A Snake River sojourn

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As soon as an ox dies, he bloats as full as the skin will hold (and sometimes bursts), and his legs stick straight out and soon smells horribly. . ..Thus they lie strewed on every hill and in every valley, thus poisoning the otherwise pure air. The most die after getting over some hard place, or long stretch.




—Byron McKinstry, 1850 California emigration

We are near being eaten alive by the mosquitoes, there are thousands of them buzzing a bout our ears which makes one almost frantic. . ..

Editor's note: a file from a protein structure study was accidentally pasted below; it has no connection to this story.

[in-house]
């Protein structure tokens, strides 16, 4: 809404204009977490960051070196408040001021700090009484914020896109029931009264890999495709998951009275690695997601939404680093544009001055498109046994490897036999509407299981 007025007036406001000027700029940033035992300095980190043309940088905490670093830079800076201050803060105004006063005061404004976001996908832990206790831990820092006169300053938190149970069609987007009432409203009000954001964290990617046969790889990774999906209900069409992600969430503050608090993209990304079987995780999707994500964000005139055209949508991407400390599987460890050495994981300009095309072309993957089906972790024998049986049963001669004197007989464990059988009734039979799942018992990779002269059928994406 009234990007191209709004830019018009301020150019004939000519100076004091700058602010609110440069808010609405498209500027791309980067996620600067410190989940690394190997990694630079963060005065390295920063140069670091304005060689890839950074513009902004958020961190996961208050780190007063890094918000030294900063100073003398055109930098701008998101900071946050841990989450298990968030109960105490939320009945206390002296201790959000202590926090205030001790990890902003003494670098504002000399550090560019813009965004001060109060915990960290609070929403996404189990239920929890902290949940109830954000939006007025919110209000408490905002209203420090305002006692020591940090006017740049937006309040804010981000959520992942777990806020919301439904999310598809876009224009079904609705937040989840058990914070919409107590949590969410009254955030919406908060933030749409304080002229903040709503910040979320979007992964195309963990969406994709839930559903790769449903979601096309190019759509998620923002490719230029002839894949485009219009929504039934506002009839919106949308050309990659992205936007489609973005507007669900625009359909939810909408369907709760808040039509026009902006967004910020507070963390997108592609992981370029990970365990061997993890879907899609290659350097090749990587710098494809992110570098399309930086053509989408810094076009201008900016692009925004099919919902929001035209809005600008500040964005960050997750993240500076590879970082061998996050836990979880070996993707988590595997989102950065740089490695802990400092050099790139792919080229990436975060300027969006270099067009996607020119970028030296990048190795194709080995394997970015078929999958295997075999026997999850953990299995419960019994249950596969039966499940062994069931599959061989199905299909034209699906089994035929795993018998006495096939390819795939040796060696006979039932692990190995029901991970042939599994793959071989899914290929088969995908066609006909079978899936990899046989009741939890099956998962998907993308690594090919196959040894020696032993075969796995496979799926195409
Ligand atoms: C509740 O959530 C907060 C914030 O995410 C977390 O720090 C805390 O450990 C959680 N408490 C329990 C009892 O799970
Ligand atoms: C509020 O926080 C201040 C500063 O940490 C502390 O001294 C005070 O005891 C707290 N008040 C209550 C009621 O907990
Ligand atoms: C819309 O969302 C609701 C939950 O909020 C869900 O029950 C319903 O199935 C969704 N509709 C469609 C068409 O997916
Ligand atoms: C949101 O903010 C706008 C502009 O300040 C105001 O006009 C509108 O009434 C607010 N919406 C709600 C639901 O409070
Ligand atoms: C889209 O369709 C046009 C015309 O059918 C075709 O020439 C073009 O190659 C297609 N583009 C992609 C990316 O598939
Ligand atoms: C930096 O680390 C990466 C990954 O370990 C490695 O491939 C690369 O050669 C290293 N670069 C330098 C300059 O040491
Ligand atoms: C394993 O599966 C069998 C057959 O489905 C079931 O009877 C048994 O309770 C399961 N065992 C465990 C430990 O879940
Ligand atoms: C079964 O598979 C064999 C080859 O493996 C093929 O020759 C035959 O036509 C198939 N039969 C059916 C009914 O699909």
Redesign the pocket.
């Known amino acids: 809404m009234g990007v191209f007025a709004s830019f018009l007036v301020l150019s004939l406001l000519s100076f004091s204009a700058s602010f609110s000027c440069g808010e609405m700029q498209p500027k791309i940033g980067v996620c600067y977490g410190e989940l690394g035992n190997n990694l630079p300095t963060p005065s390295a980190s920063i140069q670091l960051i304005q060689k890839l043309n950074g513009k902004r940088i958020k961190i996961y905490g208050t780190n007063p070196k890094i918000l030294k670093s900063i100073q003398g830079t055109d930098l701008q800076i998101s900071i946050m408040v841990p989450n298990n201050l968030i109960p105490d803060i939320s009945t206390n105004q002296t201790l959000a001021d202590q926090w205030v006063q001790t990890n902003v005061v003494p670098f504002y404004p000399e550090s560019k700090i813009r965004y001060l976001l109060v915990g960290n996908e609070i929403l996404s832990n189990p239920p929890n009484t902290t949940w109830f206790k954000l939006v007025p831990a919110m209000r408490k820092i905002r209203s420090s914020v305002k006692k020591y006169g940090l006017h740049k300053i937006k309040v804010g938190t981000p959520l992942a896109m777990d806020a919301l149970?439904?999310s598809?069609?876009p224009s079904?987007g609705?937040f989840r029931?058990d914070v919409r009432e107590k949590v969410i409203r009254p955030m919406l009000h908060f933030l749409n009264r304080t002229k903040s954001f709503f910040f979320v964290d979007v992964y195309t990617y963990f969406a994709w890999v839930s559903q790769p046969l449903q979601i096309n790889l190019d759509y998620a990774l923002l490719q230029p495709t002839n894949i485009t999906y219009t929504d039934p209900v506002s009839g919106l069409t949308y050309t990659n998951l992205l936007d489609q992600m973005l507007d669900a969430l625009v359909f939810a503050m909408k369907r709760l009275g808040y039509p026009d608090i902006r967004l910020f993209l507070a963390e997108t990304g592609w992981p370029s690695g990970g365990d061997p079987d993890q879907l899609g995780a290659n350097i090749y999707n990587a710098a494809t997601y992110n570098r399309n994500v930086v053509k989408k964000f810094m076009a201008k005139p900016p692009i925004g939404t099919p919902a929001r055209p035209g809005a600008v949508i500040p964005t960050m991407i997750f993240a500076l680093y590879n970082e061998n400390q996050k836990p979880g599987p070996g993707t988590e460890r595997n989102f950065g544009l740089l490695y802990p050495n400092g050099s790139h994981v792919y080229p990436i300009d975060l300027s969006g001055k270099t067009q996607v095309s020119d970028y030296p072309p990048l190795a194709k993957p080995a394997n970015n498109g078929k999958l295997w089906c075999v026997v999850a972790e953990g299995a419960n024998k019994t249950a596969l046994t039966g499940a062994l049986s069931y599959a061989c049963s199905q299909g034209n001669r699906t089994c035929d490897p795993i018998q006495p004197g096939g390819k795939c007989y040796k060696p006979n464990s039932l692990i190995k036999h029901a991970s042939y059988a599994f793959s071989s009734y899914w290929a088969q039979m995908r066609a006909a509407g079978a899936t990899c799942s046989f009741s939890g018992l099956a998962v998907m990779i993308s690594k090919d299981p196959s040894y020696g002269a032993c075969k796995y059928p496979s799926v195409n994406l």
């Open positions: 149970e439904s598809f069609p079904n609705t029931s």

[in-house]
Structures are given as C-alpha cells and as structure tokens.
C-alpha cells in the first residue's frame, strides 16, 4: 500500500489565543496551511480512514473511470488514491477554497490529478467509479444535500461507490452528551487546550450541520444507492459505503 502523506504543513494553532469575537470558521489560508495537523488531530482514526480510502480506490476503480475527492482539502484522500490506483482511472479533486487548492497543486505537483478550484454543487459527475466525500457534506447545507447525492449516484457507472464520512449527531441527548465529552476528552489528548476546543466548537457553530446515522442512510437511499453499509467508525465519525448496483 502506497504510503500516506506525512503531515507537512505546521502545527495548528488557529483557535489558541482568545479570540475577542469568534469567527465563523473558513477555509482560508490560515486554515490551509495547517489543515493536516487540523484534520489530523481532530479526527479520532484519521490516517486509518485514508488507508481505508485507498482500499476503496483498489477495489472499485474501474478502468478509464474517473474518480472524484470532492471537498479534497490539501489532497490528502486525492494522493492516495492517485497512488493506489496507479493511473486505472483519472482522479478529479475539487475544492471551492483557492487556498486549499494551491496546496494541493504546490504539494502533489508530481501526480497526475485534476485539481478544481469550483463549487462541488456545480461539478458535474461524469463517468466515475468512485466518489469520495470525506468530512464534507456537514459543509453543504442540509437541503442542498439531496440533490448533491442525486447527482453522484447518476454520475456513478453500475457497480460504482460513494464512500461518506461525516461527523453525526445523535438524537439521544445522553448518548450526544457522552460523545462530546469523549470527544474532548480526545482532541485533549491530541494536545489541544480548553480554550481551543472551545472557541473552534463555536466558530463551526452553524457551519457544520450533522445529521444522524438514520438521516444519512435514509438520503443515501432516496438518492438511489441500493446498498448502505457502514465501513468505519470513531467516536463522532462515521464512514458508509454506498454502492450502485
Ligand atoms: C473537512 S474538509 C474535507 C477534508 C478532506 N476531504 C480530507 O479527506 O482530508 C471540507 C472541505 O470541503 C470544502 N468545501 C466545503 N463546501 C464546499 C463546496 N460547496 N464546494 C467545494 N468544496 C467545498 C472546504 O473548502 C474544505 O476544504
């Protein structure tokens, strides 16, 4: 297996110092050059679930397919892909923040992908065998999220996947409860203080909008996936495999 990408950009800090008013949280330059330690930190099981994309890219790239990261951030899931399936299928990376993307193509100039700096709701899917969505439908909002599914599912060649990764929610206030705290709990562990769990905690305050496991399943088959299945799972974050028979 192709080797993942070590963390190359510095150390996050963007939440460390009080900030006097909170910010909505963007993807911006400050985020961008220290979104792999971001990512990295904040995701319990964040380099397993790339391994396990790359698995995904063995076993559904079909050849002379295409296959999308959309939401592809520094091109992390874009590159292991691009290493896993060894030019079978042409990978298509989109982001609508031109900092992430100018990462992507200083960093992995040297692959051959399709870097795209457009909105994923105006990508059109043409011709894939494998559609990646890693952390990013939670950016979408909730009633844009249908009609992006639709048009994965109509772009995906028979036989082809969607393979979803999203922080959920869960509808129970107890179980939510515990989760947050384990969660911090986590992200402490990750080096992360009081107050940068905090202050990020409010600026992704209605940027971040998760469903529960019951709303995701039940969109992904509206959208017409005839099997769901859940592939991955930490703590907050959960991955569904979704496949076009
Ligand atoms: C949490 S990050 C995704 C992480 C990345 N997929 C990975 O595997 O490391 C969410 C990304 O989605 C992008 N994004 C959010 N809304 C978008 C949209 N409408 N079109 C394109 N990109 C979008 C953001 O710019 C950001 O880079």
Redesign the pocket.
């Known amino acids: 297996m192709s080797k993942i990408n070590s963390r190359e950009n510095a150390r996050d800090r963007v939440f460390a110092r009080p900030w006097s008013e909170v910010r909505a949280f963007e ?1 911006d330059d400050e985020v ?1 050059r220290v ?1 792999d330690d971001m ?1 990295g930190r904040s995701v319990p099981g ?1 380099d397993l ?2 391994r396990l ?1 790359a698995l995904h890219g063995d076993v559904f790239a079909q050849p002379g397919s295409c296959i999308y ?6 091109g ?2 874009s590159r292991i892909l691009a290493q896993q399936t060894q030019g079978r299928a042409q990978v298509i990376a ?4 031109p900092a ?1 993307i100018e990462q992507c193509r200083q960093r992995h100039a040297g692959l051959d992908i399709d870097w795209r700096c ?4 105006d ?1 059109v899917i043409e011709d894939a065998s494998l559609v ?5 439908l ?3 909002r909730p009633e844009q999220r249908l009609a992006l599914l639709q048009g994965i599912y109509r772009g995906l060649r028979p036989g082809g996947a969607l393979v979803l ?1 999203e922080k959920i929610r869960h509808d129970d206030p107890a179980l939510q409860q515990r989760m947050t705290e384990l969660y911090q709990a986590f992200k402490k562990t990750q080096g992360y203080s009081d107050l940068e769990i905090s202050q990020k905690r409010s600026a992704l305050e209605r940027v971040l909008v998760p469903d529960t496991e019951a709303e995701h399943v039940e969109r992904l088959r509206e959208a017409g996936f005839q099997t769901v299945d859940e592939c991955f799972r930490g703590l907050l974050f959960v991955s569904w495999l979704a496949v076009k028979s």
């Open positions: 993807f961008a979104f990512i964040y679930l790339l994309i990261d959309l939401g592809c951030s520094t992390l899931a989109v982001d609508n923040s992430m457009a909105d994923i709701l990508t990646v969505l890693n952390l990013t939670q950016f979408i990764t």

—Esther Belle Hanna, 1852 Oregon emigration

Lost two more oxen today out of our train, one drowned in the river, another died from fatigue. A camp near us at noon had 12 sick in it, all the same disease, some of them very low.




—Esther Belle Hanna, 1852 Oregon emigration

This day is excessively hot, almost melting, 65* dust blinding. O for more patience to endure it all.




—Esther Belle Hanna, 1852 Oregon emigration

Women, in particular, poured their unhappiness into their journals. Their camp chores— packing, unpacking, fuel-collecting, fire- making, cooking, dishwashing, laundry, mending, child care, childbirth—were exhausting and constant. In many cases, wives had had no voice in the decision to leave their comfortable homes and move their families thousands of miles in a covered wagon. Their husbands one day had announced they were going. They cried, but they went. It was what a good wife did.